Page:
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7.
  • Alafuzoff, I, et al. (författare)
  • Histopathological criteria for progressive dementia disorders : clinical-pathological correlation and classification by multivariate data analysis.
  • 1987
  • Ingår i: Acta Neuropathologica. - 0001-6322 .- 1432-0533. ; 74:3, s. 209-25
  • Tidskriftsartikel (refereegranskat)abstract
    • Autopsied brains from 55 patients with dementia between 59-95 years of age (mean age 77.9 +/- 8.1 years) and 19 non-demented individuals between 46-91 years of age (mean age 74.3 +/- 10.5 years) were examined to establish histopathological criteria for normal ageing, primary degenerative [Alzheimer's disease (AD)/senile dementia of Alzheimer type (SDAT)] and vascular (multi-infarct) dementia (MID) disorders. Senile/neuritic plaques, neurofibrillary tangles, microscopic infarcts and perivascular serum protein deposits were quantified in the frontal lobe (Brodmann area 10) and in the hippocampus. The demented patients were classified according to the DSM-III criteria into AD/SDAT and MID. Operationally defined histopathological criteria for dementias, based on the degree/amount of the histopathological changes seen in aged non-demented patients, were postulated. The demented patients were clearly separable into three histopathological types, namely AD/SDAT, MID and AD-MID, the dementia type where both the degenerative and the vascular changes are coexistent in greater extent than are seen in the non-demented individuals. Using general clinical, gross neuroanatomical and histopathological data three separate dementia classes, namely AD/SDAT, MID and AD-MID, were visualized in two-dimensional space by multivariate data analysis. This analysis revealed that the pathology in the AD-MID patients was not merely a linear combination of the pathology in AD/SDAT and MID, indicating that AD-MID might represent a dementia type of its own. The clinical diagnosis for AD/SDAT and MID was certain in only half of the AD/SDAT and one third of the MID cases when evaluated histopathologically and by multivariate data analysis. AD/SDAT, MID and AD-MID were histopathologically diagnosed in 49%, 24% and 27%, respectively, of all the dementia cases studied. Opposite correlation between the number of tangles, plaques and the patient age in non-demented and AD/SDAT cases were observed, indicating that the pathogenesis of tangles and plaques in the two groups of patients might be different and that AD/SDAT might not be a form of an exaggerated ageing process.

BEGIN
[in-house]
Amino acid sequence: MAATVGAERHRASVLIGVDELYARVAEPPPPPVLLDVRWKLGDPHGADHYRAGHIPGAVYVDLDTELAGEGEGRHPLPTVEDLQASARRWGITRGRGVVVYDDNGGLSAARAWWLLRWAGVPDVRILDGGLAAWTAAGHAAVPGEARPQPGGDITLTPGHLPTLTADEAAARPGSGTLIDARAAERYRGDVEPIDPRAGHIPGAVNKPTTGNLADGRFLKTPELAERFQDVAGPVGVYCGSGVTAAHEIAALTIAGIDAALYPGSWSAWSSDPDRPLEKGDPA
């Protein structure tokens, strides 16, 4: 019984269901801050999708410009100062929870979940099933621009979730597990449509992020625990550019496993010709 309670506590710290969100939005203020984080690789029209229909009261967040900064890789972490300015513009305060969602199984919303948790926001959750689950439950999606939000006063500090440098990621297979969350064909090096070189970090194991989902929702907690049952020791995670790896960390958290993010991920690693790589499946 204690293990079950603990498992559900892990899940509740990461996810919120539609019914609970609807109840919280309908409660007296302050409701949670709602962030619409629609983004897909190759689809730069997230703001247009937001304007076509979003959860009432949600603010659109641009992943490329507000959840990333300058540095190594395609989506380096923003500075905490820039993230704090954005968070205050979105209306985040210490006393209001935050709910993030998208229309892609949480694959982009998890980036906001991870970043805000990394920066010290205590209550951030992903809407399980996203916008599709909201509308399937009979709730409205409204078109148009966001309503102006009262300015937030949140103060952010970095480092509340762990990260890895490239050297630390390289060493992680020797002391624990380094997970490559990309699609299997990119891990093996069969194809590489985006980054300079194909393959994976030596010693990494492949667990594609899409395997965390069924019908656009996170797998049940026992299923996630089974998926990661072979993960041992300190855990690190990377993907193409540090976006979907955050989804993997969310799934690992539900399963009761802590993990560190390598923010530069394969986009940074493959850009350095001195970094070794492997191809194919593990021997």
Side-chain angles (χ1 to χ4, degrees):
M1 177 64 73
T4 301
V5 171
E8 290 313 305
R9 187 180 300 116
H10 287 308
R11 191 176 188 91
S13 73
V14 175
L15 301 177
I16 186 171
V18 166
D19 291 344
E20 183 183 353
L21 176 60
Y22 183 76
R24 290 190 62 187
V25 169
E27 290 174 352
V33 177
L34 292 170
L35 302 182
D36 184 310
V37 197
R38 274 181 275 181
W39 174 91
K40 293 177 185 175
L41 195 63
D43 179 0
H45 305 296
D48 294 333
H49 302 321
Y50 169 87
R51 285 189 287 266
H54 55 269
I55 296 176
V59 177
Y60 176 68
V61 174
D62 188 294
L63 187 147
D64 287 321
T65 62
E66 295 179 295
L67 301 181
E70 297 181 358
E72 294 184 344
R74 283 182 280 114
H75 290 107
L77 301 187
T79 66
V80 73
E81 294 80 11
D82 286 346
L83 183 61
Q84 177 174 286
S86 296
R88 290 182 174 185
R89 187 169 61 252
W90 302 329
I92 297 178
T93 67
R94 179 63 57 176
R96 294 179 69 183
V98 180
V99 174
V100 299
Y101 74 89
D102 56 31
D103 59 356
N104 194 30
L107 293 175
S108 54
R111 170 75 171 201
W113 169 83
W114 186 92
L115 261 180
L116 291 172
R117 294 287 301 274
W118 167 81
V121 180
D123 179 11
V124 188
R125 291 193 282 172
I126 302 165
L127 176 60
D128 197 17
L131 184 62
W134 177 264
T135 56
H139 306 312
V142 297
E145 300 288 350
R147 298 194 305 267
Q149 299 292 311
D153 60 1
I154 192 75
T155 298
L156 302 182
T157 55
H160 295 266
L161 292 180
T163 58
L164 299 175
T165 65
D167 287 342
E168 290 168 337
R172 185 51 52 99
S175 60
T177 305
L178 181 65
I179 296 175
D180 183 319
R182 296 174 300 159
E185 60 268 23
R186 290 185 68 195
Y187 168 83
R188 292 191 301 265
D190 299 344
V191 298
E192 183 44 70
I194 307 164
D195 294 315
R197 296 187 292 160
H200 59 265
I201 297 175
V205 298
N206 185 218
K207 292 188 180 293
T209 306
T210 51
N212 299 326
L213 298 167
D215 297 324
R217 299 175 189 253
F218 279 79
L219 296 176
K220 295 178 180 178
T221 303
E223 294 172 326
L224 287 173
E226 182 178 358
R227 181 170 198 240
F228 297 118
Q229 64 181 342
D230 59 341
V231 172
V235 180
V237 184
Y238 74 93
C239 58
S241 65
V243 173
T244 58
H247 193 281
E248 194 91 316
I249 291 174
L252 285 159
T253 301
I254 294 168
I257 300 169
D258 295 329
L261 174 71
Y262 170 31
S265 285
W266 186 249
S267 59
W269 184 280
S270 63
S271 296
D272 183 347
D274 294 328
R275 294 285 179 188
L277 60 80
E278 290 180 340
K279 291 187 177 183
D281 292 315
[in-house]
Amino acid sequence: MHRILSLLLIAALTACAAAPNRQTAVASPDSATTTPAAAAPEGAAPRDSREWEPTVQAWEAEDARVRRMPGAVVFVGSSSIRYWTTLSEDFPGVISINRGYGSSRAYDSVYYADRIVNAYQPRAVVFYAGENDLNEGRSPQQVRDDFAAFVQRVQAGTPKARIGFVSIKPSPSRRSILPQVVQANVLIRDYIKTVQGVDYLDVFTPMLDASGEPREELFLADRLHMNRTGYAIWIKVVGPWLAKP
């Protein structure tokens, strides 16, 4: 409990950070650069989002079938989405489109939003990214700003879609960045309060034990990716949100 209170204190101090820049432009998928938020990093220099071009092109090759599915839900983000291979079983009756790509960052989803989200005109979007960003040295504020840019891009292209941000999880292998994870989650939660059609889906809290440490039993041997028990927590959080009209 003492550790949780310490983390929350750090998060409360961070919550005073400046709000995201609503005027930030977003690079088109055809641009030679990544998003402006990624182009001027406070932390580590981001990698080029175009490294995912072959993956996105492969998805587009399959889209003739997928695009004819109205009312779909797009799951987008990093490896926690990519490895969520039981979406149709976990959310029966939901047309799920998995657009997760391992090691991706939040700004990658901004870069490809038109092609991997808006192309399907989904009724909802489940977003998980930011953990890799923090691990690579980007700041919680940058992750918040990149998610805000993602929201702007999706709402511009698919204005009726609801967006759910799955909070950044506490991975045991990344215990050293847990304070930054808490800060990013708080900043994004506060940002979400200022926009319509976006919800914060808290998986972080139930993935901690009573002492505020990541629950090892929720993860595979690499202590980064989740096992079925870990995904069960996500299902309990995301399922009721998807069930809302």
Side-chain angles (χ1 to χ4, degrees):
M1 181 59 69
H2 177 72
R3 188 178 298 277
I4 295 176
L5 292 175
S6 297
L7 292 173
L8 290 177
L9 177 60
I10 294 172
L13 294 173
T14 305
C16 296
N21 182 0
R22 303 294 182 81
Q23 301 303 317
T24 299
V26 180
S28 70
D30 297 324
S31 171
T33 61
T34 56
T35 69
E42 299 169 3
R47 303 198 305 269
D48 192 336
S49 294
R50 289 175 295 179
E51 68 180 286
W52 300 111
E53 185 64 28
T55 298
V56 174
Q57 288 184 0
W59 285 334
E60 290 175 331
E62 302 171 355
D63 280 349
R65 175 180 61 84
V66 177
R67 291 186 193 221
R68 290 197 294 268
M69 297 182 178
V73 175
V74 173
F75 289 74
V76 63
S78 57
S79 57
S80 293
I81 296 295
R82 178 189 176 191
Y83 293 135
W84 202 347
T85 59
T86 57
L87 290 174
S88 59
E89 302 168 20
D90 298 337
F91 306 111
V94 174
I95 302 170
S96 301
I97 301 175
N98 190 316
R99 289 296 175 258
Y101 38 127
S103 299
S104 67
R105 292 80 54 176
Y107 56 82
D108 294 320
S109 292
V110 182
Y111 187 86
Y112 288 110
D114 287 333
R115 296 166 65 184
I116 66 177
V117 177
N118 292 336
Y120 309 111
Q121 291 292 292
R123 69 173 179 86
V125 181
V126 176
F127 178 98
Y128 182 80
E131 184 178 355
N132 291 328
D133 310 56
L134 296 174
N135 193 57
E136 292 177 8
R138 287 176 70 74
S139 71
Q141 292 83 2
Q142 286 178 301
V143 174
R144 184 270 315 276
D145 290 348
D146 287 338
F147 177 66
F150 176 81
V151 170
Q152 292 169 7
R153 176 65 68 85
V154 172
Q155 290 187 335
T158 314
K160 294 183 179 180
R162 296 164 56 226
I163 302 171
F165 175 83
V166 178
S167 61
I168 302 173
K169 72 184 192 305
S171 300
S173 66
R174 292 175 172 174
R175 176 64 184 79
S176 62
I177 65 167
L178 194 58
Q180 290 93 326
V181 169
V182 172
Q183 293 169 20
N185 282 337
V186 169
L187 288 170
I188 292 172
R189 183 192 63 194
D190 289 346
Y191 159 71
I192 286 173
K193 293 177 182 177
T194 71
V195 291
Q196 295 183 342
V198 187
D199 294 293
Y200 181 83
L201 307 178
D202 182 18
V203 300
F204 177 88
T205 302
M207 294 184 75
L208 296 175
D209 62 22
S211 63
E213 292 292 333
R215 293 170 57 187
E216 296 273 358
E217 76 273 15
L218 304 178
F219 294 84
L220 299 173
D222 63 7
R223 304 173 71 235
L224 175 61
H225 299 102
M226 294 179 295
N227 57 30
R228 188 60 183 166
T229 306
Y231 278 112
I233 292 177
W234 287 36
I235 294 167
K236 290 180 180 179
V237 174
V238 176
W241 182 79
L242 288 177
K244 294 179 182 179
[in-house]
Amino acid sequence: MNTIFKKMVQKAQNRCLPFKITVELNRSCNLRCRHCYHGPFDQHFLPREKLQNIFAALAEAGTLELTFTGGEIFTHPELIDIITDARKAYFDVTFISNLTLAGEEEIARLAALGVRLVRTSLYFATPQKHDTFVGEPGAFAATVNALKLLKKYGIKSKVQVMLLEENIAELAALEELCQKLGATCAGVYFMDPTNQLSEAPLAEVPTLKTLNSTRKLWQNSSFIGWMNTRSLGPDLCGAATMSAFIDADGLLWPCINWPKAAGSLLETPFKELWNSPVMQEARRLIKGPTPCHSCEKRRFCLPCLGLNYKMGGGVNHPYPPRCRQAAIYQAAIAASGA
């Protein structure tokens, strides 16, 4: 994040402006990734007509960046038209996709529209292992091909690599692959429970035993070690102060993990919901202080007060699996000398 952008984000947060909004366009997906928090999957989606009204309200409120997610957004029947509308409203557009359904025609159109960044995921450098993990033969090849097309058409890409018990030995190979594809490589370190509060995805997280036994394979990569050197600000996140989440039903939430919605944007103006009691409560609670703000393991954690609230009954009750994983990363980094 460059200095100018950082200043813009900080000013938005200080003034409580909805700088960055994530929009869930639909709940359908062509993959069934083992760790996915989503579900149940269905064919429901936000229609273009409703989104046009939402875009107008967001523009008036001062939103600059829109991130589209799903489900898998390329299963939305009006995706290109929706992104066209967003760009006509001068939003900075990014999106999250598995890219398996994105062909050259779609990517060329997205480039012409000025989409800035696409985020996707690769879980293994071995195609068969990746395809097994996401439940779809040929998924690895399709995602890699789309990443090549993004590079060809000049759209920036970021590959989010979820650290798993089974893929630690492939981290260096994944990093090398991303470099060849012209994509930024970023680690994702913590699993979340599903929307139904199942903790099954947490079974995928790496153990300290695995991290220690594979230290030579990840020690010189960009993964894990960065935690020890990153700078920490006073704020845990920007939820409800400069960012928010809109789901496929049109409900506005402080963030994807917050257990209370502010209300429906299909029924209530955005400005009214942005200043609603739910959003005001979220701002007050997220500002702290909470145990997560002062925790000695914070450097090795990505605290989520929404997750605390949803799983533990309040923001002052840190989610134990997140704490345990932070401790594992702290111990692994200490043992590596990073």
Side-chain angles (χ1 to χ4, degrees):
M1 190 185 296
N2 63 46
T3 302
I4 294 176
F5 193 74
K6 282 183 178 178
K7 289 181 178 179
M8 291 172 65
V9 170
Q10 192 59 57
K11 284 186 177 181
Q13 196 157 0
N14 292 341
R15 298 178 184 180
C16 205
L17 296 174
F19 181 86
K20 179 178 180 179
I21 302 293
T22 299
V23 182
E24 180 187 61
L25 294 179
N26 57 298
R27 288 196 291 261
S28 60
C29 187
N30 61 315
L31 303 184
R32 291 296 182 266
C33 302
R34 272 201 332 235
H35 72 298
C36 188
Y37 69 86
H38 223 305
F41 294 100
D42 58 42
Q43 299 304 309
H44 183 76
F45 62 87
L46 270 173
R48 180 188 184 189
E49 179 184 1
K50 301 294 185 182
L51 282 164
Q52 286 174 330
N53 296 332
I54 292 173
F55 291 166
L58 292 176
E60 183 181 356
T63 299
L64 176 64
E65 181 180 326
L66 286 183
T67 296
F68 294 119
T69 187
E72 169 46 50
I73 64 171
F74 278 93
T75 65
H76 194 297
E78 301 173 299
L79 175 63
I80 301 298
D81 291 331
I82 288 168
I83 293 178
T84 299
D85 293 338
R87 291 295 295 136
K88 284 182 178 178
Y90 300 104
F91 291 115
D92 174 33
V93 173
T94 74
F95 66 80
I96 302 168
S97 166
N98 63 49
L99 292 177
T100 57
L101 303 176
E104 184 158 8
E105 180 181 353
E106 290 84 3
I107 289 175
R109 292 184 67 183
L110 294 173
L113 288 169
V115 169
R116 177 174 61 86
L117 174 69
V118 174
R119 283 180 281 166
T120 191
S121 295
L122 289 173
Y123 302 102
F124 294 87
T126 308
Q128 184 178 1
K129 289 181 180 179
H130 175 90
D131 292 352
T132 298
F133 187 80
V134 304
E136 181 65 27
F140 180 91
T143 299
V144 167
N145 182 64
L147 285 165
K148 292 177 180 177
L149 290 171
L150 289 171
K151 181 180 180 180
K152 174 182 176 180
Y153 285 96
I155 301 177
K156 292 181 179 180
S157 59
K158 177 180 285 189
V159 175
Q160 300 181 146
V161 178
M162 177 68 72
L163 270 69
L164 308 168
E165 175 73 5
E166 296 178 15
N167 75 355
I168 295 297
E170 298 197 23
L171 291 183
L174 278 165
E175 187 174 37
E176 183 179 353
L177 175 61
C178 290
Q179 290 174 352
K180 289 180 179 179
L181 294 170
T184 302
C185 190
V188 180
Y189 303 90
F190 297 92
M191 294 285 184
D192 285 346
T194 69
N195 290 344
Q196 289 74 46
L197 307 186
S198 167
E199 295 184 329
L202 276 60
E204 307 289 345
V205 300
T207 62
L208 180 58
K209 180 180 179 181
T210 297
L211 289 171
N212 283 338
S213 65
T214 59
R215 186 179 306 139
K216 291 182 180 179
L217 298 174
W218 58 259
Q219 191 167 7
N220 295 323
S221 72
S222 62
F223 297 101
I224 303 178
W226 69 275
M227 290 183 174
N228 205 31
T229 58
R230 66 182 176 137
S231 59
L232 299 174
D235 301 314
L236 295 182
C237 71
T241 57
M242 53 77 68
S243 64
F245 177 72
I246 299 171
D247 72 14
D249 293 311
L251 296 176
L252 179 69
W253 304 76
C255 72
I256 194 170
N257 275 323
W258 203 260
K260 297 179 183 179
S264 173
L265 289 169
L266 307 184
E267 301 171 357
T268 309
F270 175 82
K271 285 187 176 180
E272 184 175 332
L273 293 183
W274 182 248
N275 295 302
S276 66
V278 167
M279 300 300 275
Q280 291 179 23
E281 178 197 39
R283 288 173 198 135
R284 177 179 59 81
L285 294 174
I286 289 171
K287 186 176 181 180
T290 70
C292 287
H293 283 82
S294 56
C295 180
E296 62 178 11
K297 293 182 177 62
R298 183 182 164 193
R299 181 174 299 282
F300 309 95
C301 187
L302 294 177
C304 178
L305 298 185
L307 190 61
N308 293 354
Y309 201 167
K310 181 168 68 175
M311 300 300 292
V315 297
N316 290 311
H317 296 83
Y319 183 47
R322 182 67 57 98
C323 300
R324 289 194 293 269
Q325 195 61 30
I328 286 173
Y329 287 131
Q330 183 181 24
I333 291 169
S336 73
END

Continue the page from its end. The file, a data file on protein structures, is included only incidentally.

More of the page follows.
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8.
  • Alafuzoff, Irina, et al. (författare)
  • Inter-laboratory comparison of neuropathological assessments of beta-amyloid protein : a study of the BrainNet Europe consortium.
  • 2008
  • Ingår i: Acta Neuropathologica. - 0001-6322 .- 1432-0533. ; 115:5, s. 533-46
  • Tidskriftsartikel (refereegranskat)abstract
    • Amyloid-beta-protein (Abeta) is generally assessed by neuropathologists in diagnostics. This BrainNet Europe ( http://www.brainnet-europe.org/ ) (15 centres and 26 participants) study was carried out to investigate the reliability of such an assessment. In the first part of this trial, tissue microarray sections were stained with the antibody of each centre's choice. Reflecting the reality, seven antibodies and a plethora of pretreatment strategies were used. Ninety-two percent of the stainings were of good/acceptable quality and the estimation of presence of Abeta aggregates yielded good results. However, a poor agreement was reached particularly regarding quantitative (density) and qualitative (diffuse/cored plaques) results. During a joint meeting, the clone 4G8 was determined to label best the fleecy/diffuse plaques, and thus, this clone and the formic acid pretreatment technique were selected for the second part of this study. Subsequently, all stained sections were of good/acceptable quality and again a high level of concordance of the dichotomized (presence/absence) assessment of plaques and CAA was achieved. However, even when only one antibody was used, the type of Abeta-aggregates (diffuse/cored), type of vessel and Vonsattel grade, were not reliably assigned. Furthermore, the quantification of lesions was far from reliable. In line with the first trial, the agreement while assessing density (some, moderate and many) was unimpressive. In conclusion, we can confirm the utility of immunohistochemical detection of Abeta-protein in diagnostics and research. It is noteworthy that to reach reproducible results a dichotomized assessment of Abeta-immunoreactivity rather than quantification and assignment of various types of lesions should be applied, particularly when comparing results obtained by different neuropathologists.
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9.
  • Alafuzoff, Irina, et al. (författare)
  • Staging/typing of Lewy body related alpha-synuclein pathology : a study of the BrainNet Europe Consortium
  • 2009